• “Overall, 77% of those ages 12-17 have a cell phone. The percentage of younger teens ages 12 and 13 with cell phones has declined slightly since 2009
  • The frequency of teens’ phone chatter with friends – on cell phones and landlines – has fallen
  • The typical American teen is sending and receiving a greater number of texts than in 2009. Overall, 75% of all teens text.
  • The median number of texts (i.e. the midpoint user in our sample) sent on a typical day by teens 12-17 rose from 50 in 2009 to 60 in 2011.
  • Much of this increase occurred among older teens ages 14-17, who went from a median of 60 texts a day to a median of 100 two years later. Boys of all ages also increased their texting volume from a median of 30 texts daily in 2009 to 50 texts in 2011. Black teens showed an increase of a median of 60 texts per day to 80.
  • Older girls remain the most enthusiastic texters, with a median of 100 texts a day in 2011, compared with 50 for boys the same age.
  • 63% of all teens say they exchange text messages every day with people in their lives. This far surpasses the frequency with which they pick other forms of daily communication, including phone calling by cell phone (39% do that with others every day), face-to-face socializing outside of school (35%), social network site messaging (29%), instant messaging (22%), talking on landlines (19%) and emailing (6%).
  • The heaviest texters (those who exchange more than 100 texts a day) are much more likely than lighter texters to say that they talk on their cell phone daily. Some 69% of heavy texters talk daily on their cell phones, compared with 46% of medium texters (those exchanging 21-100 texts a day) and 43% of light texters (those exchanging 0-20 texts a day).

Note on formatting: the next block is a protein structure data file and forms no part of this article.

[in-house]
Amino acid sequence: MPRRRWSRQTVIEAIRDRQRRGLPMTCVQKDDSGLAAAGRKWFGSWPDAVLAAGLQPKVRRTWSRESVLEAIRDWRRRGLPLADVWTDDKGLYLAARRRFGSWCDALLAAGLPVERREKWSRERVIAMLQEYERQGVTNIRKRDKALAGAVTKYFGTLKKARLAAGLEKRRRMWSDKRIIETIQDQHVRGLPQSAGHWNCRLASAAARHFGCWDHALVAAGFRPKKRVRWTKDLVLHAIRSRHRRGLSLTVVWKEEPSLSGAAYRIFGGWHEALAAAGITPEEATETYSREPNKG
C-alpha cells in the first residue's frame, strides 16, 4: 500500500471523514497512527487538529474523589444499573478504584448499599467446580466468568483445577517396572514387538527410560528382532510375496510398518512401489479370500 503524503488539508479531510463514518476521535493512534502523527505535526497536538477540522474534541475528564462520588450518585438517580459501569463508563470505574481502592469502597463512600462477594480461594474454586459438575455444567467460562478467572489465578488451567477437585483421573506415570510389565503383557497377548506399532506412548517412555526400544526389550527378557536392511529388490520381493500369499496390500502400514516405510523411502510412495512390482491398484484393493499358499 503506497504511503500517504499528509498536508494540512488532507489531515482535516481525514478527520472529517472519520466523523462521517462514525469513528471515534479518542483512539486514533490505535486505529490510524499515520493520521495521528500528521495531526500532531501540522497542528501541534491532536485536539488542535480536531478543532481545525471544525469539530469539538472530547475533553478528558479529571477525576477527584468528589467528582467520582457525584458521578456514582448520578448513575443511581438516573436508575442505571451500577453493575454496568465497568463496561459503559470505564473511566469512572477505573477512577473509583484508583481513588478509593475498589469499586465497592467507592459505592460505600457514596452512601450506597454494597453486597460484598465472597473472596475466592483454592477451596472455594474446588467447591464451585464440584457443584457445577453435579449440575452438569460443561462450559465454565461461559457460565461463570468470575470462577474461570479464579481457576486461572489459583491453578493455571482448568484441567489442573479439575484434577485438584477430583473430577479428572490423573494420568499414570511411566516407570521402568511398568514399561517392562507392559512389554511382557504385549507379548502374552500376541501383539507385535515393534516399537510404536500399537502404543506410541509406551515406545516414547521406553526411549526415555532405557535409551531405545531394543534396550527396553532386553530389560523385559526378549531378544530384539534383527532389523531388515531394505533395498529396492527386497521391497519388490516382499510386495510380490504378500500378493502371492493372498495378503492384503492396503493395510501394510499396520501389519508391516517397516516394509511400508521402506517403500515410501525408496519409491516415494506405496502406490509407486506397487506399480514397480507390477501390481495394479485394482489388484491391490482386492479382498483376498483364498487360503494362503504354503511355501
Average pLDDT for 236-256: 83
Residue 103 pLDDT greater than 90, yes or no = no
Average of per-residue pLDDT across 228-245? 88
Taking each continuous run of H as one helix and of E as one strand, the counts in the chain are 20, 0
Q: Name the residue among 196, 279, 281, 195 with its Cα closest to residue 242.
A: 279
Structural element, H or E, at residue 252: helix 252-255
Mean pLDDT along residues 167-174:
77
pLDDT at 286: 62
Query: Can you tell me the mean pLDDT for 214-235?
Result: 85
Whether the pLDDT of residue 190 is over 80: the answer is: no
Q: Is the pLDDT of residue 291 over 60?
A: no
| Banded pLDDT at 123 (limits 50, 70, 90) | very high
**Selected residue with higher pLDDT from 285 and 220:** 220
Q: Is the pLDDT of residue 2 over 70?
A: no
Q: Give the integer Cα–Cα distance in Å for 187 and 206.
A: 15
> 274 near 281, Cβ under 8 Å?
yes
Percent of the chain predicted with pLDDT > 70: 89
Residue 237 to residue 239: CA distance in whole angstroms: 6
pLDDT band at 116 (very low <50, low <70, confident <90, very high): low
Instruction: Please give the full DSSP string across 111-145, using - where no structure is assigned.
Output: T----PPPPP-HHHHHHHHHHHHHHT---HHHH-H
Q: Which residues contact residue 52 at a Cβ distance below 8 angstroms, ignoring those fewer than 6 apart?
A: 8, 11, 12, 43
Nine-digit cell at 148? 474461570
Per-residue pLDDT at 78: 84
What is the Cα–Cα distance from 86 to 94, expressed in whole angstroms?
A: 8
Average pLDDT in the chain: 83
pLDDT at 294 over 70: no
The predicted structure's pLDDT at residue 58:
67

• Some 23% of all those ages 12-17 say they have a smartphone and ownership is highest among older teens: 31% of those ages 14-17 have a smartphone, compared with just 8% of youth ages 12-13. There are no differences in ownership of smartphones versus regular cell phones by race.”
driving too fast for conditions

Managing Speed: Tips for Teen Drivers

A 2009 analysis of speeding-related crashes by the National Highway Traffic Safety Administration (NHTSA) shows that following the speed limit is not enough to prevent a crash when conditions warrant a reduction in speed. The study showed that in speeding-related crashes that caused one or more injuries, 26% of the crashes were contributed to be exceeding the posted speed limit, while 74% were due to driving too fast for conditions. In property-damage-only crashes where speed was a contributing factor, 18% of the crashes were due to exceeding the posted speed limit and 82% of the crashes were contributed to by driving too fast for conditions.

Drivers should reduce their speed:

  • immediately when it begins to rain and when driving through standing water. Roads become very slippery just after the rain begins, because the rainwater mixes with oil on the road that has been dropped from passing vehicles. Driving too fast on wet roads can result in skidding, when the vehicle loses traction with the road and the driver loses control of the vehicle. Never drive through standing water if you do not know how deep it is.